Jan. 9, 2020

Cyber Physical Systems: The Coming Singularity

At this moment, a subtle but fundamental technological shift is occurring that is uniting our digital and physical worlds at the deepest architectural and operational levels. This technological shift will alter the global business, government, military and intelligence ecosystems. It is nothing less than a technological singularity and this technology will forever change our world—it is called Cyber Physical Systems (CPS).

Dec. 4, 2019

Mercenaries and War: Understanding Private Armies Today

Mercenaries are more powerful than experts realize, a grave oversight. Those who assume they are cheap imitations of national armed forces invite disaster because for-profit warriors are a wholly different genus and species of fighter. Private military companies such as the Wagner Group are more like heavily armed multinational corporations than the Marine Corps. Their employees are recruited from different countries, and profitability is everything. Patriotism is unimportant, and sometimes a liability. Unsurprisingly, mercenaries do not fight conventionally, and traditional war strategies used against them may backfire.

Dec. 4, 2019

Fentanyl as a Chemical Weapon

Fentanyl is a major topic in the news these days because of its significant contribution to the ongoing opioid epidemic in the United States. It clearly is a major counternarcotic challenge. But there also has been some reporting, including about congressional interest, as to whether fentanyl additionally should be considered a weapon of mass destruction (WMD) and whether U.S. Government chemical defense efforts should place greater emphasis on it. This paper provides some perspective on fentanyl as a chemical weapon.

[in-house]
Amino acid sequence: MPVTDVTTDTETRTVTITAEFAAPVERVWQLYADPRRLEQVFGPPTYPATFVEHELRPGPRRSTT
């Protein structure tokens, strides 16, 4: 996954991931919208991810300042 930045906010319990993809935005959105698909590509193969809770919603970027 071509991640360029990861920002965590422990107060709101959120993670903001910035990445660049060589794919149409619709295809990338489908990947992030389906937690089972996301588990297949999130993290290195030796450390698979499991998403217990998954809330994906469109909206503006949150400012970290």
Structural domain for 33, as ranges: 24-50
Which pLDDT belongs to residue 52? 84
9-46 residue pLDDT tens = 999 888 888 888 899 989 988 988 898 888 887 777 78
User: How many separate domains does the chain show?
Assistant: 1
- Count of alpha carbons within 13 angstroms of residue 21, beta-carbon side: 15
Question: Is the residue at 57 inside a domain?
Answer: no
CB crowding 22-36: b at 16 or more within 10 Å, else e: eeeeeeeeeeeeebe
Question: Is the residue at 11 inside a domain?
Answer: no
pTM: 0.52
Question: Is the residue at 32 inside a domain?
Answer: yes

Nov. 22, 2019

Joint Force Quarterly 95 (4th Quarter, October 2019)

Our world is in constant motion, and as a result change is what we must always seek to adjust and improve our situations. If you have a setback, a delay, or a loss, you do as the unofficial slogan of the U.S. Marine Corps suggests—you improvise, adapt, and overcome. I would add that we need to be constantly learning both from what we see and from what others experienced. As former Secretary James Mattis asked our professional military education (PME) institutions to do, developing our critical thinking skills and testing our intellectual limits in new and engaging ways are no longer options for a select few. To that end for the joint force, Joint Force Quarterly continues to offer discussions about past conflicts and current issues and to frame future concepts and issues in ways that hopefully help each of us better use our minds. With that as a goal, we offer a wide range of ideas to help you keep your intellectual edge. Hopefully, you will read them and send us your best ideas on how to keep improving the joint force.

Nov. 18, 2019

Joint Doctrine Updates

Joint Doctrine Updates

Nov. 18, 2019

Unmasking the Spectrum with Artificial Intelligence